Native humour gets serious
Award-winning writer, playwright and commentator Drew Hayden Taylor will be the keynote speaker at the fifth edition of the Gail Guthrie Valaskakis Annual Lecture on Diversity and Canadian Media.
The title of Taylor's lecture will be: “An Extremely Serious and Intensely Sober Exploration of Native Humour in Canadian Media”.
Hosted by Concordia's Department of Communication Studies and Centre for Research-Action on Race Relations (CRARR), the event will take place on Thursday, November 4, from 7 p.m. to 8:30 p.m., at the Masonic Memorial Temple, 2295 Saint-Marc (corner of Sherbrooke West), 7th floor.
An Ojibway from the Curve Lake First Nations in Ontario, Taylor has an extensive curriculum vitae. He performed stand-up comedy in Washington D.C. (including a performance at the Kennedy Center) and was artistic director of Canada’s premiere Aboriginal theatre company, Native Earth Performing Arts. He is also an award-winning playwright with over 70 productions, he is a television scriptwriter, novelist and author of 20 books. He has been involved with over 17 documentaries that explore the First Nations experience.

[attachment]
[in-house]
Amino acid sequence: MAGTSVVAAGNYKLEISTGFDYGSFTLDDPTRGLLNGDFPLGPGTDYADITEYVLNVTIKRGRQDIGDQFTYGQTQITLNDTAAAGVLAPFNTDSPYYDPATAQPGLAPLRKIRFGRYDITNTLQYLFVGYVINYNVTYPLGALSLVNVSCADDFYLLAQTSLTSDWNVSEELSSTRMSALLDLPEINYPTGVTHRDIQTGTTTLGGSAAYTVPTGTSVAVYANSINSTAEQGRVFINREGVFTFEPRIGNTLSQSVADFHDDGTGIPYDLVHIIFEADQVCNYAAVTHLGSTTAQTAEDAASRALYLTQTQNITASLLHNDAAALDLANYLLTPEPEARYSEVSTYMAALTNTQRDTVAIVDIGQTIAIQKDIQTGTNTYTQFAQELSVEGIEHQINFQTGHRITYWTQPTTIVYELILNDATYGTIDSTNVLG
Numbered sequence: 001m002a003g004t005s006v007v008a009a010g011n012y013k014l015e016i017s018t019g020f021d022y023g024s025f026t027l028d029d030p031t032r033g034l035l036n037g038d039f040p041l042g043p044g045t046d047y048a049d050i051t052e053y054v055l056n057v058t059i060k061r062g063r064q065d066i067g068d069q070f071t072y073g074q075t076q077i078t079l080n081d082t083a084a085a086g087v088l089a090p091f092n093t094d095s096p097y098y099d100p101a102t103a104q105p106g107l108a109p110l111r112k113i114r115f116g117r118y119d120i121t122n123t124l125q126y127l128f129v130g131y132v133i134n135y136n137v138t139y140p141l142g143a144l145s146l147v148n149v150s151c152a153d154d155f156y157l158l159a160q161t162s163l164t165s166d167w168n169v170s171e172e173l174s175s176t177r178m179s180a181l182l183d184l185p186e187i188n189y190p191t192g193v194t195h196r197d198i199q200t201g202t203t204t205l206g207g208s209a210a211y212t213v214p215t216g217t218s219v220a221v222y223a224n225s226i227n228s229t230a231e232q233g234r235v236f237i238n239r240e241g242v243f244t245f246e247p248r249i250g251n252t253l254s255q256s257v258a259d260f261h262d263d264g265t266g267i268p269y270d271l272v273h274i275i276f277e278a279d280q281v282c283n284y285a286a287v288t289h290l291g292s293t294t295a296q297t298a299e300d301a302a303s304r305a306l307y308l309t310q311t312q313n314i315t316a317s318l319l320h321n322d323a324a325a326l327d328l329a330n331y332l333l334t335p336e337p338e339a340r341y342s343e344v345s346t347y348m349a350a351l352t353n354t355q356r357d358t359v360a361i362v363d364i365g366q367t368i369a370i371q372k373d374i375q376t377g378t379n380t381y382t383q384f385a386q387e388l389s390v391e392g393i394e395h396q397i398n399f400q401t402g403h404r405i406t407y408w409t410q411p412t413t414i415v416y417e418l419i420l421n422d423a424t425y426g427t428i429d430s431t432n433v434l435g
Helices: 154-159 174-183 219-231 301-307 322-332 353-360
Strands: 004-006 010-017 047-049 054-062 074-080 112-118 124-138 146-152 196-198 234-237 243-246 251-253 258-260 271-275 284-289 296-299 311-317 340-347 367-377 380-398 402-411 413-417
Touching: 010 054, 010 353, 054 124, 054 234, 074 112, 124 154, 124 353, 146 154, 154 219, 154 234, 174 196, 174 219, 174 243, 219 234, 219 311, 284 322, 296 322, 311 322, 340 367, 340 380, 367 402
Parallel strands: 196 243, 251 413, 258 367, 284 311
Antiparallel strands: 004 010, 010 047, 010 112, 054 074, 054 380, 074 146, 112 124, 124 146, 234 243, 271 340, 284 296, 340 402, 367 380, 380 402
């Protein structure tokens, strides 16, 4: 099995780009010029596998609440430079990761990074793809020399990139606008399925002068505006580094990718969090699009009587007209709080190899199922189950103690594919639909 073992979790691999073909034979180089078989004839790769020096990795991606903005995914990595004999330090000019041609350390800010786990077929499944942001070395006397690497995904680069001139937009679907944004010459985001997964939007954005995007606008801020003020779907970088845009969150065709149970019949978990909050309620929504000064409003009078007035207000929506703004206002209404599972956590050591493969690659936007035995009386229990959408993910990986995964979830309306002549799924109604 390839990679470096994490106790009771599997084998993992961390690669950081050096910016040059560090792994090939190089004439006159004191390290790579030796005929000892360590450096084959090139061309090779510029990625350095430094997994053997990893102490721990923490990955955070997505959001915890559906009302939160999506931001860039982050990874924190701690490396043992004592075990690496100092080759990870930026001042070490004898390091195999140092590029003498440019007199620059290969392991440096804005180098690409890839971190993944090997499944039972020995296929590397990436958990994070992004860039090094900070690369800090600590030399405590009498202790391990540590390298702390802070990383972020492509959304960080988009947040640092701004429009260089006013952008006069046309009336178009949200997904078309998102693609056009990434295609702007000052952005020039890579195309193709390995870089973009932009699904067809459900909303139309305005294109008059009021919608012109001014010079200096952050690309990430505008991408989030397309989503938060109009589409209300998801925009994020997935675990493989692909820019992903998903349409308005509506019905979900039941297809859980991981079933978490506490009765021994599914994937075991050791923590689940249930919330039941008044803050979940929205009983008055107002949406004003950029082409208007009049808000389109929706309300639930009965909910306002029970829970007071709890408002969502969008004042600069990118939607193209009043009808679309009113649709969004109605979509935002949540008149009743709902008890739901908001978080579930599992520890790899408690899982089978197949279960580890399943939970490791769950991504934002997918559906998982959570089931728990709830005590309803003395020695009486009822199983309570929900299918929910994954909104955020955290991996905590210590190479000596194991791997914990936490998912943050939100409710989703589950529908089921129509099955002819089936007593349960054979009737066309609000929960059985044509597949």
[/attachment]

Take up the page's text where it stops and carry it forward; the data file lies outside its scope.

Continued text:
Taylor is an avid advocate for Canada’s First Nations and has traveled to 16 countries around the world, sharing Native literature and raising awareness about First Nations issues. Currently, Mr. Taylor is working on a new play titled “Crees in the Carribean” and a collection of essays called “Postcards from the Four Directions”.
Created in 2005 as a joint initiative between CRARR and Concordia’s Department of Communication Studies, the Annual Lecture aims to promote research and other initiatives with industry, government and the broader community on issues involving Canadian media and diversity.
In 2008, the Annual Lecture was officially named after the late Gail Guthrie Valaskakis, one of Canada’s leading experts on Aboriginal communication. Valaskakis was Chair of Concordia’s Communication Studies Department and Dean of the University’s Faculty of Arts and Sciences, Research Director of the Aboriginal Healing Foundation, and a Director at CRARR and a recipient of the National Aboriginal Achievement Award.
• Department of Communication Studies
• Drew Hayden Taylor